Pulmonary and Cardiac Exercise and Education (PACE): Developing a flexible service model to meet community needs

Ms Emma Ghys1, Ms Roslyn Bloomer1, Ms  Fiona  Miller2, Ms Leeah  Cooper3, Ms Julie Blake4

1Alpine Health, Alpine Shire, Australia, 2Kiewa Valley Sports and Spinal Physiotherapy, Kiewa Valley, Alpine Shire, Australia, 3Equilibre Health, Ovens Valley, Alpine Shire, Australia, 4Ovens Valley Physio and Pilates, Ovens Valley, Alpine Shire, Australia

Background: The Alpine Shire in North East Victoria has heart attack rates double many metropolitan areas and Chronic obstructive pulmonary disease (COPD) is one of the top three causes of hospitalisation. As one of Victoria’s most remote regions, barriers to accessing cardiac and pulmonary rehabilitation includes; accessibility of transport, large travel distances (often >200kms return), unique mountainous geography across the shire, no local service provision, no flexibility in current public rehabilitation services and possible low referral rates.

The solution: Alpine Health, a public health service, collaborated with three private allied health providers and developed the “PACE” program (Pulmonary and Cardiac Exercise and Education).  PACE is a locally responsive model of care that encompasses innovative best practice with an expanded flexible scope, optimising local health practitioners’ expertise. The program is provided three times per week, one day in each town: Myrtleford, Bright and Mt Beauty. The PACE program offers a rolling program i.e a participant can enter at any point and will complete an eight week cycle. This model offers flexibility to clients via location, home or centre based programs. Clear and simple referral pathways were developed, and connecting participants with community based services after discharge is prioritised.

Outcomes: A local combined cardiac and pulmonary rehabilitation program has been established to meet the needs of the local community where there was previously no service. In the first eight months of the program, 130 referrals were received and 70 participants have completed the program between March and December 2018. Key to the success of this model of care has been the public/private partnership. The strength of this approach has been evident in the flexibility offered to participants, continuity of care and good working and personal relationships between professionals. Partnering with private organisations has many benefits including; utilising a highly skilled local workforce, opportunity to continue and expand working relationships, continuity of care with participants and shared vision with a client centred approach. The proven need for locally based solutions for health services in remote communities, is one that the team will continue to advocate for and support other regions in developing.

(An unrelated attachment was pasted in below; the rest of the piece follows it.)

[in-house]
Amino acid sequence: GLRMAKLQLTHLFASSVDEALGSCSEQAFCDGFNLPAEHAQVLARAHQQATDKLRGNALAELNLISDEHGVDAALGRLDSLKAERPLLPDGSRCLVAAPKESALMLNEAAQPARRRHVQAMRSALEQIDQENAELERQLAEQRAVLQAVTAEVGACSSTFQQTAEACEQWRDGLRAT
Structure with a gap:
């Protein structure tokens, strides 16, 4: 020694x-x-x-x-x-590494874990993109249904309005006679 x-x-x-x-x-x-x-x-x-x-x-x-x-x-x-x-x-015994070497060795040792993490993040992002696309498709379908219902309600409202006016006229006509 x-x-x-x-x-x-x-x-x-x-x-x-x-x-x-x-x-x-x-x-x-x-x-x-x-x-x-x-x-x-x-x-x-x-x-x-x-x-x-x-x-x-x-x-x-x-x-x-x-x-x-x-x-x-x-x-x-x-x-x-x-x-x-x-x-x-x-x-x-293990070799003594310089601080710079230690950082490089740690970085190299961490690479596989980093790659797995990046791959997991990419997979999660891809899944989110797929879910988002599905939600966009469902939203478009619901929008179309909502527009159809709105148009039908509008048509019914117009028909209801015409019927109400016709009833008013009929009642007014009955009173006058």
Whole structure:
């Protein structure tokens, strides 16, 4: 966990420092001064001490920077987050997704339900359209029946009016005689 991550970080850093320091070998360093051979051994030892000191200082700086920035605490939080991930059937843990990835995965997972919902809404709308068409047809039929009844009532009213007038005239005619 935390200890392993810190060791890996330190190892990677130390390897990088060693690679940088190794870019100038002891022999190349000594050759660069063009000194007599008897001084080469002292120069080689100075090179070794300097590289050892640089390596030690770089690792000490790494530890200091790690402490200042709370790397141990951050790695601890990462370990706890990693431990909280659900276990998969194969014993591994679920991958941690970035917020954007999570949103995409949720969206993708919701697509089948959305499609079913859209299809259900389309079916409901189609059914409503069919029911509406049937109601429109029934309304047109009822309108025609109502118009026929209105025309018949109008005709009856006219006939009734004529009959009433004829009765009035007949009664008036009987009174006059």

Roslyn Bloomer started her nursing career in 2 of the major hospitals in Melbourne. Her first few years spent in neurosurgery and cardiothoracics, and then the flowing 8years she worked in Emergency achieving her postgraduate studies in critical care nursing. She and her husband then decided it was time for a tree change to start a family. Following their move to the “country” she continued her role in emergency nursing at Albury Base Hospital, building on her knowledge of emergency health as well as further developing an understanding of the complexities facing rural health. Recently she was afforded the opportunity to be part of a fantastic  team assisting with the development and implementation of The Pulmonary and Cardiac Exercise and Education (PACE) Program. She has loved being part of such an enthusiastic group of health professionals and such a dynamic innovative program that is making such a huge and holistic difference in their patients lives.

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